Once again the political picture in the US overshadows everything before tomorrow’s Bank of England Inflation Report
GBP: Manufacturing unable to make sterling drive higher
Despite a better than expected sentiment reading from the UK manufacturing sector that included the 2nd highest export orders level since 1992 and the lowest price pressures in a year, sterling has not been able to drive higher. Those lower price pressures i.e. the lowest rate of inflation in 12 months will be music to the ears of policymakers who want the Bank of England to shy away from interest rate hikes in the near future or at least take some of the pressure off the next few decisions.
Today’s construction number could easily follow a similar path and another weak price component will keep a lid on sterling once again. Seperately we will have to see whether the recent spotlight on the levels of debt the average UK consumer holds is having an effect on what the nation’s largest housebuilders are doing.
We’ll find out at 09.30 this morning.
USD: Could easily get worse
Yesterday, was another day that saw the USD pegged back by politics and poor data. Car sales in the US were weaker than forecast and amid 3 interest rate hikes by US authorities in the past 8 months there are fears that the US consumer may be out of its depth already. Tomorrow’s look at sentiment in the services industry may be able to flesh out these thoughts a little further.
So far it is still the firing of Trump Press Secretary Scaramucci that has most damaged the US dollar in recent sessions. While the White House may be able to conjure some stability in the coming days and weeks, it may well be a lot longer until the dollar starts to trust political news again.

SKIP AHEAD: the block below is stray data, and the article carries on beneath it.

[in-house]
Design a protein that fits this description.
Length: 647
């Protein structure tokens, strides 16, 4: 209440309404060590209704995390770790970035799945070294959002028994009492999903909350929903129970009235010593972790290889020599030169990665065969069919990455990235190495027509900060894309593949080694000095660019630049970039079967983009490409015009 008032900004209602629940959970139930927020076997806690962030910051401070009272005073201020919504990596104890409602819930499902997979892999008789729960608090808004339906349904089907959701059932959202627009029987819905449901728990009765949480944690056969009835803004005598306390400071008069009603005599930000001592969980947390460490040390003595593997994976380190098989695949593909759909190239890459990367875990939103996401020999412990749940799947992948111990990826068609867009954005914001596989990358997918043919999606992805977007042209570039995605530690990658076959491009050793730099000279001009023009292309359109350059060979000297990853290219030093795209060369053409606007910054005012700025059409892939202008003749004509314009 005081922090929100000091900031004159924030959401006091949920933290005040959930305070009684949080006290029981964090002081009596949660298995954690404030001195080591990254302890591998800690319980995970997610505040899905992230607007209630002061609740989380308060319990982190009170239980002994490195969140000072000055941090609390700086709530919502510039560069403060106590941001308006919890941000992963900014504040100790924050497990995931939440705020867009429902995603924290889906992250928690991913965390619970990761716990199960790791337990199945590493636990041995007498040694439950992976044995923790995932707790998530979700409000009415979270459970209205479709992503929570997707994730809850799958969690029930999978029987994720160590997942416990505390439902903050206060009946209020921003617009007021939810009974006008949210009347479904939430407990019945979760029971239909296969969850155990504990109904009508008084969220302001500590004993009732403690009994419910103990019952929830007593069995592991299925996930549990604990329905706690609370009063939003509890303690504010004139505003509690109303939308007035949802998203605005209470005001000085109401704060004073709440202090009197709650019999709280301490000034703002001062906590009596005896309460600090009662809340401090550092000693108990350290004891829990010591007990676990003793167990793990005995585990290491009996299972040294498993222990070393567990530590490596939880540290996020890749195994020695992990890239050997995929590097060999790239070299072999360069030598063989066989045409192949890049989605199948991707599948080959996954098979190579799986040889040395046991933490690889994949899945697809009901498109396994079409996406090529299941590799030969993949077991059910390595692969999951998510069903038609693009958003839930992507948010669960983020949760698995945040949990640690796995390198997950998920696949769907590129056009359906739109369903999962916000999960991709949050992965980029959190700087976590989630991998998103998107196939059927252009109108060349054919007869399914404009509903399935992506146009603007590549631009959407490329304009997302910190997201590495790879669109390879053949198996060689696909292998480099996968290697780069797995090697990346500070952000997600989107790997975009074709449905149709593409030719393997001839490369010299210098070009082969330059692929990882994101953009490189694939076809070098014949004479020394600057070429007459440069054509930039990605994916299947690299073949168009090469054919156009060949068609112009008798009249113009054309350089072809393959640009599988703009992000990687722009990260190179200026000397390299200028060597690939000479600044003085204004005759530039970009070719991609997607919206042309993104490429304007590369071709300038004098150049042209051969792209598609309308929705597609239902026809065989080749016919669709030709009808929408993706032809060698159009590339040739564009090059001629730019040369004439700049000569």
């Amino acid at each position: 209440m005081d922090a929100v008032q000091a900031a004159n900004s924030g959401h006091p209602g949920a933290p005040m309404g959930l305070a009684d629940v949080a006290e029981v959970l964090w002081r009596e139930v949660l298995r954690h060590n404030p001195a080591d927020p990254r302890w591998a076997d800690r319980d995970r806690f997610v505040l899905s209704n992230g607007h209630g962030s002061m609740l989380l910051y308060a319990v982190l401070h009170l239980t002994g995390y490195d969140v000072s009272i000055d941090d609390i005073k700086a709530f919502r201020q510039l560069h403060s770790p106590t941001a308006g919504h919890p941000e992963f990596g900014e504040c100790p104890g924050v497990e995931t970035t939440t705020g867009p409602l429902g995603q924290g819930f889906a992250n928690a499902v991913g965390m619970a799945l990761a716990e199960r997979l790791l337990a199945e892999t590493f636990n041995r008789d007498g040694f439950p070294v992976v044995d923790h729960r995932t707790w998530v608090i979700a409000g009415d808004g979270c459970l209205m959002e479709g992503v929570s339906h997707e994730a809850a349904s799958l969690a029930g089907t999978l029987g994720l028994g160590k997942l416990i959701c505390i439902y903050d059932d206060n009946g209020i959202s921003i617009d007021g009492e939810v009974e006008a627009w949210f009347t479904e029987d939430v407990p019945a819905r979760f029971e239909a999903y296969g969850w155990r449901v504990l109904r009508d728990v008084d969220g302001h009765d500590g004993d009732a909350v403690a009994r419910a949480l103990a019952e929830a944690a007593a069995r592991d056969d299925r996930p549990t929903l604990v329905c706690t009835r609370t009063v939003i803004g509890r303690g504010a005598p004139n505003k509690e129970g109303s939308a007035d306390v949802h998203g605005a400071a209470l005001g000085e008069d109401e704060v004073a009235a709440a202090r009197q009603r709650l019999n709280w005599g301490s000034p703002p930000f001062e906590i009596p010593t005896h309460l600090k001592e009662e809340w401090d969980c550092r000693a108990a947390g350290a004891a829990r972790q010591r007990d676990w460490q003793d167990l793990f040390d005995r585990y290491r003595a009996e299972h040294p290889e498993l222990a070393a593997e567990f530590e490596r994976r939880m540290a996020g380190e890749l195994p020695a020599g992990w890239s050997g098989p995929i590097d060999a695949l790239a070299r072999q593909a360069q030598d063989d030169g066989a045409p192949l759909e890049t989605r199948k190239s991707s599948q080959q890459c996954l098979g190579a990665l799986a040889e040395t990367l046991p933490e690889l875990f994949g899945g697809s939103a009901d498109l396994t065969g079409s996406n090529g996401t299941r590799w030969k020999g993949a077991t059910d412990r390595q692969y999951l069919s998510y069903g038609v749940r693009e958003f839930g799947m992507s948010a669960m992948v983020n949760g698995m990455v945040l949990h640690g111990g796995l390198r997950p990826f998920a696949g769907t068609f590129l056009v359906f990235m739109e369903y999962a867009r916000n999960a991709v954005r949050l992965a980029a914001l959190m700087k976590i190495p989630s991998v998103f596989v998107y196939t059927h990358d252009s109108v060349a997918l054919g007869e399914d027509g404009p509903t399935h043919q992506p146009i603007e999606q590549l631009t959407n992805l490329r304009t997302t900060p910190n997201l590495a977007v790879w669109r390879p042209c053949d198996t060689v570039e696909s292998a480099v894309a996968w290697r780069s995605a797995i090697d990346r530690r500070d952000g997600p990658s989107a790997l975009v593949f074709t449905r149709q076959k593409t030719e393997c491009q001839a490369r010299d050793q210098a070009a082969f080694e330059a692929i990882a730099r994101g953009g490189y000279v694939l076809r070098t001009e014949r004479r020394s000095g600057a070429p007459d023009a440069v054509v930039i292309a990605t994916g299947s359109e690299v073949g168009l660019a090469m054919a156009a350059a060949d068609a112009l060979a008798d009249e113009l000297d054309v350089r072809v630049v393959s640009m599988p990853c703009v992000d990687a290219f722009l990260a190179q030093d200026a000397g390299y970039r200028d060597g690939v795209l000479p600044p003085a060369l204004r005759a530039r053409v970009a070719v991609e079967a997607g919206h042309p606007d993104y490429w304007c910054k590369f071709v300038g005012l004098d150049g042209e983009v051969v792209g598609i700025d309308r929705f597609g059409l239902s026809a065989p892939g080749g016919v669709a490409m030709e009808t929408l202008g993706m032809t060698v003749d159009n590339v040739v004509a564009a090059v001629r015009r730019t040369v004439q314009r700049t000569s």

While EURUSD does look toppy at these levels, we also said that at 1.15 and 1.17. There is no reason to suggest that the next round of this season’s version of The Apprentice doesn’t push EURUSD within touching distance of 1.20.
EUR: Strong and stable
European PMIs were strong in the round yesterday and helped solidify the euro at its recent highs. There is little data today from Europe and we will therefore have to wait until tomorrow to see whether the latest run of sentiment numbers from the services industries within the Eurozone are enough to push the single currency into new territory.
NZD: Down and under down under
The largest mover overnight has been the NZD, falling over 0.5% following a fall in employment for the first time in nearly 2 years. While immigration into New Zealand is high and the levels of participation in the Kiwi labour market are strong, there is little inflation pressure and wages are pretty stagnant. The RBNZ is in no rush to hike rates and this data point will have confirmed that.
Have a great day.
Jeremy Cook, Chief Economist